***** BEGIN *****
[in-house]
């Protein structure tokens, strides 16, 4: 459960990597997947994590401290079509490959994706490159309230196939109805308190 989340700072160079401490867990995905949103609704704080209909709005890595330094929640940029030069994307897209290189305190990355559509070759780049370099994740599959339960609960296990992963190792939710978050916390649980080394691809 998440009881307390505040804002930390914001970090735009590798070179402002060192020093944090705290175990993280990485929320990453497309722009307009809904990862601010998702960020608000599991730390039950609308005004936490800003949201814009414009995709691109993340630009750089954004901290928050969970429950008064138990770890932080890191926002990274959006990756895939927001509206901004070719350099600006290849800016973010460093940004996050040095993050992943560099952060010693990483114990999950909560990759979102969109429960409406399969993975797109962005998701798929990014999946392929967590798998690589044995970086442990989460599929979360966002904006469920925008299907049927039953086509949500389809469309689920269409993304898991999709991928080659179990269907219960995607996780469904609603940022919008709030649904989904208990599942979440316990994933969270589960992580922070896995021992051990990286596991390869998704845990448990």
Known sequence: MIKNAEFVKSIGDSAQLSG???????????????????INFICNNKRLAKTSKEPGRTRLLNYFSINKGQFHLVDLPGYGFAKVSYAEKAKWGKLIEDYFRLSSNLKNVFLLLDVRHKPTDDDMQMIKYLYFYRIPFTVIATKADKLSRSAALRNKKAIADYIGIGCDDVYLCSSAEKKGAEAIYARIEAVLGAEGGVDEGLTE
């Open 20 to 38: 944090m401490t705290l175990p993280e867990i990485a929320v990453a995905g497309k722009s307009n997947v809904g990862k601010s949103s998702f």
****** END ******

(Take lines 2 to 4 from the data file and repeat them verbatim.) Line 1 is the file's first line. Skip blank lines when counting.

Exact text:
């Protein structure tokens, strides 16, 4: 459960990597997947994590401290079509490959994706490159309230196939109805308190 989340700072160079401490867990995905949103609704704080209909709005890595330094929640940029030069994307897209290189305190990355559509070759780049370099994740599959339960609960296990992963190792939710978050916390649980080394691809 998440009881307390505040804002930390914001970090735009590798070179402002060192020093944090705290175990993280990485929320990453497309722009307009809904990862601010998702960020608000599991730390039950609308005004936490800003949201814009414009995709691109993340630009750089954004901290928050969970429950008064138990770890932080890191926002990274959006990756895939927001509206901004070719350099600006290849800016973010460093940004996050040095993050992943560099952060010693990483114990999950909560990759979102969109429960409406399969993975797109962005998701798929990014999946392929967590798998690589044995970086442990989460599929979360966002904006469920925008299907049927039953086509949500389809469309689920269409993304898991999709991928080659179990269907219960995607996780469904609603940022919008709030649904989904208990599942979440316990994933969270589960992580922070896995021992051990990286596991390869998704845990448990």
Known sequence: MIKNAEFVKSIGDSAQLSG???????????????????INFICNNKRLAKTSKEPGRTRLLNYFSINKGQFHLVDLPGYGFAKVSYAEKAKWGKLIEDYFRLSSNLKNVFLLLDVRHKPTDDDMQMIKYLYFYRIPFTVIATKADKLSRSAALRNKKAIADYIGIGCDDVYLCSSAEKKGAEAIYARIEAVLGAEGGVDEGLTE
């Open 20 to 38: 944090m401490t705290l175990p993280e867990i990485a929320v990453a995905g497309k722009s307009n997947v809904g990862k601010s949103s998702f």